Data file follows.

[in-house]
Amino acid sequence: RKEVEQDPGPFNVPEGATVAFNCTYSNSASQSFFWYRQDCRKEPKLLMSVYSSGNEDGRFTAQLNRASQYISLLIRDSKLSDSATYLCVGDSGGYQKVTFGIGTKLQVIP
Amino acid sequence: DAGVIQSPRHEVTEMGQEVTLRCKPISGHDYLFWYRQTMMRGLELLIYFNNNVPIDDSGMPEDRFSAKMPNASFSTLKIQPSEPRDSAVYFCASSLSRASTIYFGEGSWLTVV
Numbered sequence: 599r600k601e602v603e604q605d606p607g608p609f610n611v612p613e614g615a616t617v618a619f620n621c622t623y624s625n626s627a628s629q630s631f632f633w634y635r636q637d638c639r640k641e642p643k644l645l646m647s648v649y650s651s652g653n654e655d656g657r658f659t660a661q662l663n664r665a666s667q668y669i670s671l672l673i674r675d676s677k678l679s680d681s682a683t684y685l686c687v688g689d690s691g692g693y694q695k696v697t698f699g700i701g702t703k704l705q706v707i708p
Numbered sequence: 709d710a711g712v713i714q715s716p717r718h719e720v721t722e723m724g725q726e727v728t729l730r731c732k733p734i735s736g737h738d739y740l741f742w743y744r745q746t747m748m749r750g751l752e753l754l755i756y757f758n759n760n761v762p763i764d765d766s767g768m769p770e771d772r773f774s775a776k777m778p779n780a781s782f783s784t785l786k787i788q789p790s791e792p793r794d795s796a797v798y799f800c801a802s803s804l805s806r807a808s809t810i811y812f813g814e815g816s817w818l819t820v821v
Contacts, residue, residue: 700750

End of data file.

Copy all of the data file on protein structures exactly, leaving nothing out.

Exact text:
[in-house]
Amino acid sequence: RKEVEQDPGPFNVPEGATVAFNCTYSNSASQSFFWYRQDCRKEPKLLMSVYSSGNEDGRFTAQLNRASQYISLLIRDSKLSDSATYLCVGDSGGYQKVTFGIGTKLQVIP
Amino acid sequence: DAGVIQSPRHEVTEMGQEVTLRCKPISGHDYLFWYRQTMMRGLELLIYFNNNVPIDDSGMPEDRFSAKMPNASFSTLKIQPSEPRDSAVYFCASSLSRASTIYFGEGSWLTVV
Numbered sequence: 599r600k601e602v603e604q605d606p607g608p609f610n611v612p613e614g615a616t617v618a619f620n621c622t623y624s625n626s627a628s629q630s631f632f633w634y635r636q637d638c639r640k641e642p643k644l645l646m647s648v649y650s651s652g653n654e655d656g657r658f659t660a661q662l663n664r665a666s667q668y669i670s671l672l673i674r675d676s677k678l679s680d681s682a683t684y685l686c687v688g689d690s691g692g693y694q695k696v697t698f699g700i701g702t703k704l705q706v707i708p
Numbered sequence: 709d710a711g712v713i714q715s716p717r718h719e720v721t722e723m724g725q726e727v728t729l730r731c732k733p734i735s736g737h738d739y740l741f742w743y744r745q746t747m748m749r750g751l752e753l754l755i756y757f758n759n760n761v762p763i764d765d766s767g768m769p770e771d772r773f774s775a776k777m778p779n780a781s782f783s784t785l786k787i788q789p790s791e792p793r794d795s796a797v798y799f800c801a802s803s804l805s806r807a808s809t810i811y812f813g814e815g816s817w818l819t820v821v
Contacts, residue, residue: 700750